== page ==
Community ownership and stewardship Community ownership through involvement with, and actual demonstration of, the cross-benefits of linking restoration with health is required. It is only with this ownership that policymakers and funders are likely to support aspirational initiatives, helping to drive the required paradigm shift. There is also a need to adequately recognize and value the importance and role of traditional ecological knowledge as part of community ownership and engagement.
Examples already exist of transdisciplinary collaborations that aim to bring together ecological restoration and human health sectors. Two such examples are the EcoHealth Network (EHN, www.ecohealthglobal.org) and the Healthy Urban Microbiome Initiative (HUMI, www.humiglobal.org/), which are interlinked global action initiatives working together at the interfaces of ecological restoration and human health. The EHN was established in 2019 and is developing an international network across a diversity of stakeholders (e.g., restoration practitioners and scientists, landscape designers, farmers, medical professionals) that are involved in restorative activities. HUMI was established in 2016, and is a UN-backed initiative that seeks to restore the immune-restorative power of biodiverse green spaces in cities to maximize human health gains.
The world faces extraordinary environmental and health challenges. Half the world’s seven billion people currently live in cities, and this number is predicted to increase to 70% by 2030 (Rydin et al. 2012). Urbanization is driving ecosystem degradation and biodiversity loss that is, in turn, causing increasing levels of chronic disease, resulting in dramatic health budget increases. The global demographic shift and increasing health crisis is defined by humanity’s loss of connection with the natural world. It is all the more tragic for having mostly ignored Indigenous voices on our connection with nature. We now mostly live in biologically impoverished cities, and our demand for environmental resources has led to this global environmental crisis. Ecological restoration is a clearly identifiable pathway to tackle some of our most critical challenges, as it becomes increasingly clear that the human and ecological health crises are intimately interwoven. Improved understanding of the links between ecological restoration and human health will catalyze the required investment into this most fundamental of public health interventions, which will likely result in environmental and health gains that pay generational dividends.
Bhatnagar, A. 2017. Environmental determinants of cardiovascular disease. Circulation research 121:162–180. https://doi.org/10.1161/circresaha.117.306458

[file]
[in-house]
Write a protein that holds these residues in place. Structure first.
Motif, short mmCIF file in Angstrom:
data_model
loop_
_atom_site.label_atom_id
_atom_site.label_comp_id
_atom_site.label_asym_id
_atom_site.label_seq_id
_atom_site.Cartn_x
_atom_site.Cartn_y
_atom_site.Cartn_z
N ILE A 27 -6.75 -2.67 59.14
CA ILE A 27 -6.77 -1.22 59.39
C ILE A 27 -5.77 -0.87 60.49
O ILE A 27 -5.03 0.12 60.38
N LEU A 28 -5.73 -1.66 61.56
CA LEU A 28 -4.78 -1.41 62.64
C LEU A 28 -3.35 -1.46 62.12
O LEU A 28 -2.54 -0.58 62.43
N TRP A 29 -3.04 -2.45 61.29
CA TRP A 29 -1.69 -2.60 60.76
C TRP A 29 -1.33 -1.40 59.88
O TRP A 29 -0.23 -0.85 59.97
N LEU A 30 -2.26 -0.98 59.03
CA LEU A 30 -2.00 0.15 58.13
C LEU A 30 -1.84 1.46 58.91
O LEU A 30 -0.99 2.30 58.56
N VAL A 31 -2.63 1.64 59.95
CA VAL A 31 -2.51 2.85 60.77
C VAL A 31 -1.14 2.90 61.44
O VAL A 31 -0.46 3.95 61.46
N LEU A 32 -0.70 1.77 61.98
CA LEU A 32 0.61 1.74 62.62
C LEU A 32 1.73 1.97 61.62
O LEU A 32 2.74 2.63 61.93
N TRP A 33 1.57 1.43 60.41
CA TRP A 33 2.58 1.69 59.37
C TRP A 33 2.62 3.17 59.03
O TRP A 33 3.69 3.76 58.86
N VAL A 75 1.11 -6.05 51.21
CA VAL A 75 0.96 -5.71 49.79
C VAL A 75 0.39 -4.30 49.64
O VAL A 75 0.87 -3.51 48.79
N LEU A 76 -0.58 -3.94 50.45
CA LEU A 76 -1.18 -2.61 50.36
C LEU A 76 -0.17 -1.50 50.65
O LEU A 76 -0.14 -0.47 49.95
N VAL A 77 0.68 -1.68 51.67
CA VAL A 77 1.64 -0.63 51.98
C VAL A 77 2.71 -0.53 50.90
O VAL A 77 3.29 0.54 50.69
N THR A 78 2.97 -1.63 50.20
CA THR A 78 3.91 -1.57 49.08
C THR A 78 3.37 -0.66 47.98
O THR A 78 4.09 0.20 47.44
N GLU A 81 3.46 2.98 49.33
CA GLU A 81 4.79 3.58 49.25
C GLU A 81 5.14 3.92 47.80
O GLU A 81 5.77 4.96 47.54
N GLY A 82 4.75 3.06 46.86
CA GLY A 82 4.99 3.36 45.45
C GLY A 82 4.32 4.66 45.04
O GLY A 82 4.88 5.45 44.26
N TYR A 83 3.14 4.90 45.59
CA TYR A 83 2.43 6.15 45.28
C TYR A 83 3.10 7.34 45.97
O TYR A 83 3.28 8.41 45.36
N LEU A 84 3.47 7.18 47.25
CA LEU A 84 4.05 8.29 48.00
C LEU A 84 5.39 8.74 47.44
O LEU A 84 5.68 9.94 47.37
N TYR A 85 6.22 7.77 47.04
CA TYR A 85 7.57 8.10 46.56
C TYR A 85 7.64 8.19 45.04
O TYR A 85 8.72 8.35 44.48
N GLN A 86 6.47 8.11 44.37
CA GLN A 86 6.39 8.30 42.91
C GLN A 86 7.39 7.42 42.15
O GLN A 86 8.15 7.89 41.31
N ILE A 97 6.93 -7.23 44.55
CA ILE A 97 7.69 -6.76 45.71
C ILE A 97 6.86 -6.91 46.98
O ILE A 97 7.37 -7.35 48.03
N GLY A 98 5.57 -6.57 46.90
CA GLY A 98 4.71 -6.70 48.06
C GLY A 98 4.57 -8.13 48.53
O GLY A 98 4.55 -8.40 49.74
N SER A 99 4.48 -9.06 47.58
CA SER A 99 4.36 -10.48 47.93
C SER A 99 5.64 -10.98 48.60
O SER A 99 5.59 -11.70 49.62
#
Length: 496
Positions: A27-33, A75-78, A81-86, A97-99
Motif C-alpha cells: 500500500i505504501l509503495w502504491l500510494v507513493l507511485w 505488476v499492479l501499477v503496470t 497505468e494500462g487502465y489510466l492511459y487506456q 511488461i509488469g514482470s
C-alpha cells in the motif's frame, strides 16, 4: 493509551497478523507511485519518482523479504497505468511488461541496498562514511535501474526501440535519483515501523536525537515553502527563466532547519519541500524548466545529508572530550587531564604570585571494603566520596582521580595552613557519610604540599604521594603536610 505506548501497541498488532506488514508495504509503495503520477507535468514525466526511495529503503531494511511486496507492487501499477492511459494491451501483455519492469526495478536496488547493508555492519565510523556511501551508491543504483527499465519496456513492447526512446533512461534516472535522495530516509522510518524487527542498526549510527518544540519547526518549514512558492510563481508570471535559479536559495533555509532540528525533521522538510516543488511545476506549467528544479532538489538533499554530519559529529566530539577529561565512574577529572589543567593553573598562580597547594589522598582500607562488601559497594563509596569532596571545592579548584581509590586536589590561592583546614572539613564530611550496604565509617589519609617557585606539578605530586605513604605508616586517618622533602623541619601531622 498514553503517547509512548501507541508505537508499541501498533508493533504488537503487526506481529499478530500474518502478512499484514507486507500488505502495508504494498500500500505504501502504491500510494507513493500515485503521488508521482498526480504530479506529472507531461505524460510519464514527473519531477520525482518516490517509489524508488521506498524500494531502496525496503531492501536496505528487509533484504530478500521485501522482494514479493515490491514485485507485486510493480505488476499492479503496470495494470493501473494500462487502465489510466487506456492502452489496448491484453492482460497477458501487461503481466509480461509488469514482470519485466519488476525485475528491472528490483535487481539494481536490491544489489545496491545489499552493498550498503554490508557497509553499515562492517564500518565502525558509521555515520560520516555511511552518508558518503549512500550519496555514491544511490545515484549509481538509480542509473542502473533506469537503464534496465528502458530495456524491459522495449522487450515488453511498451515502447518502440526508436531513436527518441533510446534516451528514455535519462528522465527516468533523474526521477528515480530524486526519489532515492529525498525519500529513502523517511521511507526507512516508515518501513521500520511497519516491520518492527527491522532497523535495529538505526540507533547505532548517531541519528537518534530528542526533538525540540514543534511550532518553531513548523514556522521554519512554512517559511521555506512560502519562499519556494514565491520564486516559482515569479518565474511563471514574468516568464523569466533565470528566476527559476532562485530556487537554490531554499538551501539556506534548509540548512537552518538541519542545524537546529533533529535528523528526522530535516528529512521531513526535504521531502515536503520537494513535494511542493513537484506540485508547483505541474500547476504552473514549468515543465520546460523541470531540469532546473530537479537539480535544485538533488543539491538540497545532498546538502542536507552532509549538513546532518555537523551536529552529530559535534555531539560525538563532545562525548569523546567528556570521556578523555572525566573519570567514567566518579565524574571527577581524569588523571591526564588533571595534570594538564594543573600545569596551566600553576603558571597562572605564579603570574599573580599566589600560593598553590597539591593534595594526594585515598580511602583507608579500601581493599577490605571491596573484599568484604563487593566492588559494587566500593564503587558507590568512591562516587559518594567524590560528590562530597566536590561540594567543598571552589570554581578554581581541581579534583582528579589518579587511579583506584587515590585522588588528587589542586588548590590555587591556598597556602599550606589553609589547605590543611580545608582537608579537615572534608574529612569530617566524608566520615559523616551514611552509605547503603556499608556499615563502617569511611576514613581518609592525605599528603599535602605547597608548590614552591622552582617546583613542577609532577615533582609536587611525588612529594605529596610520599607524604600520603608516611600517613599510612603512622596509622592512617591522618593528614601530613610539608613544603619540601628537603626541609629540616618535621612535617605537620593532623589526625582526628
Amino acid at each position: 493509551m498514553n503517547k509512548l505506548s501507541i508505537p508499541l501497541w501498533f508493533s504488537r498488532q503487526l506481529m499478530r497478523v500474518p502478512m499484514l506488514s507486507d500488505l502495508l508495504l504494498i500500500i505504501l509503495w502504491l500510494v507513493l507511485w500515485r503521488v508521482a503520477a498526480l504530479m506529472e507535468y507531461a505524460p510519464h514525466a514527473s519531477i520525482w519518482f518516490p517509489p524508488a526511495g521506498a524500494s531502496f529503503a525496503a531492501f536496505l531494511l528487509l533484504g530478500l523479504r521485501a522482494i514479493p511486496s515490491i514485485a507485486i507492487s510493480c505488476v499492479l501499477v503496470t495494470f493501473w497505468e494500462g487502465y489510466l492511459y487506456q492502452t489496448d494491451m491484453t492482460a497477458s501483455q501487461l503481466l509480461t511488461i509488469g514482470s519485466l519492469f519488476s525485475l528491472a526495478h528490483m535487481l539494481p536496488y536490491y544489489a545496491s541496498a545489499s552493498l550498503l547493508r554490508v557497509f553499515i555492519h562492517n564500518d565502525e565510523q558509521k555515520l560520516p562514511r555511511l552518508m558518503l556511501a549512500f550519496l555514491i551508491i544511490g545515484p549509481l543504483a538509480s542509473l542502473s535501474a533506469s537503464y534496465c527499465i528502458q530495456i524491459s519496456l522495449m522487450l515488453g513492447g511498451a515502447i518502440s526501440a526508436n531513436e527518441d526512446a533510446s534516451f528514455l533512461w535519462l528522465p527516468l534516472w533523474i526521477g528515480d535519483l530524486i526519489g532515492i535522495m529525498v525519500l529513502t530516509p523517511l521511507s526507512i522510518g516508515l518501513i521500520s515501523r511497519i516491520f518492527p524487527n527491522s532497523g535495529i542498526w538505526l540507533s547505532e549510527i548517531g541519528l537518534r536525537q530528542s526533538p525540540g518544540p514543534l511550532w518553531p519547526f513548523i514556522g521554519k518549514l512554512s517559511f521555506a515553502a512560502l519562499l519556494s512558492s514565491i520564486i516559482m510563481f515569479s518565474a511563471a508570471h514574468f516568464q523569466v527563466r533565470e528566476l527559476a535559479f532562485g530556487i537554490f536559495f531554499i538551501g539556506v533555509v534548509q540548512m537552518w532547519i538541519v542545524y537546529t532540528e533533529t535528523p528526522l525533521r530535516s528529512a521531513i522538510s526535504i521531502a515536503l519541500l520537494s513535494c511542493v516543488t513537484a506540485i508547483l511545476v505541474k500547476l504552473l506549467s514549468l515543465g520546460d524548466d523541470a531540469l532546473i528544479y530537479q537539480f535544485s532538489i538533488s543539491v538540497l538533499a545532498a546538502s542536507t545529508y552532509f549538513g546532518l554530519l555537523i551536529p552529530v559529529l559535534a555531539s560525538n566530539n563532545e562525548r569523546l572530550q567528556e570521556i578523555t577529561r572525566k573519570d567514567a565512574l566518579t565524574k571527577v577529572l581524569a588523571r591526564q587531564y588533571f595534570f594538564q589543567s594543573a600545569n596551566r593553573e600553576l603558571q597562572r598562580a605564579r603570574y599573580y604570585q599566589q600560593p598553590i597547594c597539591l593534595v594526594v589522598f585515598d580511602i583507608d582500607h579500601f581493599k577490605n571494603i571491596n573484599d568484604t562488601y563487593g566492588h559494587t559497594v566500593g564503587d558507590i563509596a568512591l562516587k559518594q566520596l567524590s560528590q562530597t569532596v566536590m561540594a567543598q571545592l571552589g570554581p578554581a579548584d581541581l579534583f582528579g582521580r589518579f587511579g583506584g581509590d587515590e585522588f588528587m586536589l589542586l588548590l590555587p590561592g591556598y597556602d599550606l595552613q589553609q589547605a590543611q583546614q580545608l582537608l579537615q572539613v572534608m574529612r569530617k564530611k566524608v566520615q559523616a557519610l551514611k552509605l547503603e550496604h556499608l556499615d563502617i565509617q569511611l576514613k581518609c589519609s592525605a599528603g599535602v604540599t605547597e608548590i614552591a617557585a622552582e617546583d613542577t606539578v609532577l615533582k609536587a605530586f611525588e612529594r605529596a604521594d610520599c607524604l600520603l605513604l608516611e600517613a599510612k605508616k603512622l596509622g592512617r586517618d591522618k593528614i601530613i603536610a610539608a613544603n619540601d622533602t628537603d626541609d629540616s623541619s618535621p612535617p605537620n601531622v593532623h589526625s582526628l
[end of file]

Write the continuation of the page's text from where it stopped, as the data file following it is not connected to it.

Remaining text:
Burbank, A. J., A. K. Sood, M. J. Kesic, D. B. Peden, and M. L. Hernandez. 2017. Environmental determinants of allergy and asthma in early life. Journal of Allergy and Clinical Immunology 140:1–12. https://doi.org/10.1016/j.jaci.2017.05.010
Cyranoski, D. 2020. Mystery deepens over animal source of coronavirus. Nature. https://doi.org/10.1038/d41586-020-00548-w
Edwards, B., M. Gray, and B. Hunter. 2015. The impact of drought on mental health in rural and regional Australia. Social Indicators Research 121:177–194. https://doi.org/10.1007/s11205-014-0638-2
Laugharne, J., G. Van de Watt, and A. Janca. 2011. After the fire: the mental health consequences of fire disasters. Current opinion in psychiatry 24:72–77. https://doi.org/10.1097/yco.0b013e32833f5e4e
Liddicoat, C., H. Sydnor, C. Cando-Dumancela, R. Dresken, J. Liu, N. Gellie, J. Mills, J. Young, L. Weyrich, M. Hutchinson, and M. F. Breed. 2020. Naturally-diverse airborne environmental microbial exposures modulate the gut microbiome and may provide anxiolytic benefits in mice. Science of the Total Environment 701. https://doi.org/10.1016/j.scitotenv.2019.134684
Prüss-Ustün, A., J. Wolf, C. Corvalán, T. Neville, R. Bos, and M. Neira. 2017. Diseases due to unhealthy environments: an updated estimate of the global burden of disease attributable to environmental determinants of health. Journal of public health 39:464–475. https://doi.org/10.1093/pubmed/fdw085.
Robinson, J., and M. F. Breed. 2019. Green prescriptions and their co-benefits: integrative strategies for public and environmental health. Challenges 10. https://doi.org/10.3390/challe10010009
Romanelli, C., D. Cooper, D. Campbell-Lendrum, M. Maiero, W. B. Karesh, D. Hunter, and C. Golden. 2015. Connecting global priorities: biodiversity and human health: a state of knowledge review. World Health Organistion/Secretariat of the UN Convention on Biological. https://doi.org/10.13140/rg.2.1.3679.6565
Rydin, Y., A. Bleahu, M. Davies, J. D. Dávila, S. Friel, G. De Grandis, N. Groce, P. C. Hallal, I. Hamilton, and P. Howden-Chapman. 2012. Shaping cities for health: complexity and the planning of urban environments in the 21st century. Lancet 379:2079. https://doi.org/10.1016/s0140-6736(12)60435-8
Whitmee, S., A. Haines, C. Beyrer, F. Boltz, A. G. Capon, B. F. de Souza Dias, A. Ezeh, H. Frumkin, P. Gong, and P. Head. 2015. Safeguarding human health in the Anthropocene epoch: report of The Rockefeller Foundation–Lancet Commission on planetary health. The Lancet 386:1973-2028. https://doi.org/10.1016/s0140-6736(15)60901-1
Conflict of interest
The authors declare no competing interests.
About this article
Cite this article
Breed, M.F., Cross, A.T., Wallace, K. et al. Ecosystem Restoration: A Public Health Intervention.
EcoHealth 18, 269–271 (2021). https://doi.org/10.1007/s10393-020-01480-1